ABC, meanwhile, wishes only for an entertaining game,as its "Monday Night Football" series winds down. Here are this week's five keys to the game.
1. Play like you're supposed to win
These Ravens are not the Super Bowl contenders of yesteryear. Baltimore has won four times this year, and it's not exactly a who's-who list of teams. In Week 4, the Ravens beat Brooks Bollinger and the Jets. In Week 6, they beat Trent Dilfer and lowly Cleveland. In Week 11, they beat Tommy Maddox and the Steelers. In Week 13, they beat the Texans, who have the league's worst record.
Brett Favre is a better than any quarterback on those teams, and the Packers' running game is starting to come together. Green Bay's defense is statistically better than the Ravens' unit. The Ravens are the favorites, according to Las Vegas oddsmakers, but the Packers probably have the better personnel — especially with Ravens linebacker Ray Lewis on injured reserve — and are playing the best football.
2. Boller for dollars
Say one thing for Baltimore Ravens quarterback Kyle Boller: His passer rating is better than Chicago rookie Kyle Orton's. Boller enters Monday's game with a 63.0 rating, with five touchdowns and nine interceptions, in six games. Boller, who missed seven games early in the season, hasn't topped a 60.0 percent accuracy since Week 1, has topped 200 yards only twice, and has thrown more touchdowns than interceptions in a game just once. Last week against Denver, Boller was intercepted twice and fumbled away the ball once.
Like Orton's Bears, the key to shutting down Baltimore's anemic offense is to put the ball in the quarterback's hands.
3. Young running backs
The key to the Ravens' offense is the running game, though not necessarily former 2,000-yard rusher Jamal Lewis. Lewis, who is questionable for Monday's game with a hand injury and did not play last week, is averaging only 3.1 yards per carry this season. His backup, Chester Taylor, is averaging 4.1 yards per carry and is easily the more explosive player.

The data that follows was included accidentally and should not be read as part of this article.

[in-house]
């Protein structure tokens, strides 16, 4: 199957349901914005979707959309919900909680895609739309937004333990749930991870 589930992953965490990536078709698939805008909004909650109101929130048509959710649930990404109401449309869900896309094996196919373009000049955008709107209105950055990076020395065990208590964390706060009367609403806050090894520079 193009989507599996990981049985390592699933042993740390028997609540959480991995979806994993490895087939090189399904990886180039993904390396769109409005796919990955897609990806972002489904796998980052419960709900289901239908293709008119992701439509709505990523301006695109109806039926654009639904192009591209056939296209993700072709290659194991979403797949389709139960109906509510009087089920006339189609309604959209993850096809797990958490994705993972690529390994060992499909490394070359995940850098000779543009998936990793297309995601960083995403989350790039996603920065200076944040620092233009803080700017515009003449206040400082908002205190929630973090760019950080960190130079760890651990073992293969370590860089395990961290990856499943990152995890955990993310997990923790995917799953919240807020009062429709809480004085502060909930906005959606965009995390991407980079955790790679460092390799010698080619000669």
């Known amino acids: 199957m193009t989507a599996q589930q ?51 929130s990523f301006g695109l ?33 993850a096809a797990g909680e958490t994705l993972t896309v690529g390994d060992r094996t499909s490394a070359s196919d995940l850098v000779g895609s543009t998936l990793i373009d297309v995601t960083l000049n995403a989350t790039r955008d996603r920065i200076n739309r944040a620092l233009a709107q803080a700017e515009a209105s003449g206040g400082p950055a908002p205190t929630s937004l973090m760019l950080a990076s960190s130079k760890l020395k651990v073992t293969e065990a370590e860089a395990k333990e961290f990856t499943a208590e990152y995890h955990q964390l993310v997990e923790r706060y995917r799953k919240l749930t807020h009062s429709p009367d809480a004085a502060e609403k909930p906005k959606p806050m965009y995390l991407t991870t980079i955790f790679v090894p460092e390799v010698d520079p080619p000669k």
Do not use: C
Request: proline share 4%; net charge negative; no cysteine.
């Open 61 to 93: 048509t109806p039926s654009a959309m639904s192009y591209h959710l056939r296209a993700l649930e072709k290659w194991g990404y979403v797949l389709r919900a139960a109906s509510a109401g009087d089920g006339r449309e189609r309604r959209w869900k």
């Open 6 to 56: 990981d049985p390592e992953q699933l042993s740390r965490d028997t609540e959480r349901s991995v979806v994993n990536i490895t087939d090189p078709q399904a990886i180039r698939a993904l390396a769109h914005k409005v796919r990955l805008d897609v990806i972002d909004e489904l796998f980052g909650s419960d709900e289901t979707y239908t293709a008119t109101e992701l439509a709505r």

Like Taylor, the Packers' Samkon Gado is trying to win a starting job for 2006. Gado has been on a roll, rushing for a team rookie-record 171 yards during last week's overtime win against Detroit.
For Baltimore, running the ball successfully means the offense won't have to depend on Boller. For Green Bay, running the ball successfully means the offense gains the type of unpredictability that had been its hallmark in recent years.
4. Rushing the passer
Quietly, especially with Kabeer Gbaja-Biamila struggling to get to opposing quarterbacks, the Packers have put together one of the league's better pass rushes. Green Bay has sacked the quarterback 30 times, which is tied for 15th in the league. Since stepping back into the lineup, Boller has been sacked 18 times in the last five games. If the trend continues, the Packers' defense could add to its sack total and maybe even force a few ill-advised passes that turn into interceptions. Baltimore, meanwhile, has recorded 31 sacks. Unheralded sixth-year linebacker Adalius Thomas leads the way with six sacks, and dangerous Terrell Suggs — who had 22 1/2 sacks in his first two season — has added five. They'll be challenged, however, by the Packers' capable tackle duo of Mark Tauscher and Chad Clifton. The Packers have yielded one sack for every 25.84 pass attempts, which trails only Cincinnati's one sack for every 26.63 pass attempts.
5. Sams I am
With Baltimore's offense struggling to get much of anything accomplished, winning the field-position battle is paramount. B.J. Sams gives the Ravens a huge edge over the Packers' returners. He averages 11.2 yards per punt return and 22.7 yards per kickoff return. He nearly went the distance with a kickoff return last week.
Meanwhile, punter Dave Zastudil averages 43.3 yards per kick, and kicker Matt Stover is one of the best in the business, going 22-for-26 on field goals. If the game comes down to special teams, the Packers are in trouble.
Lawrence is a regular contributor to PackerReport.com. Send comments to firstname.lastname@example.org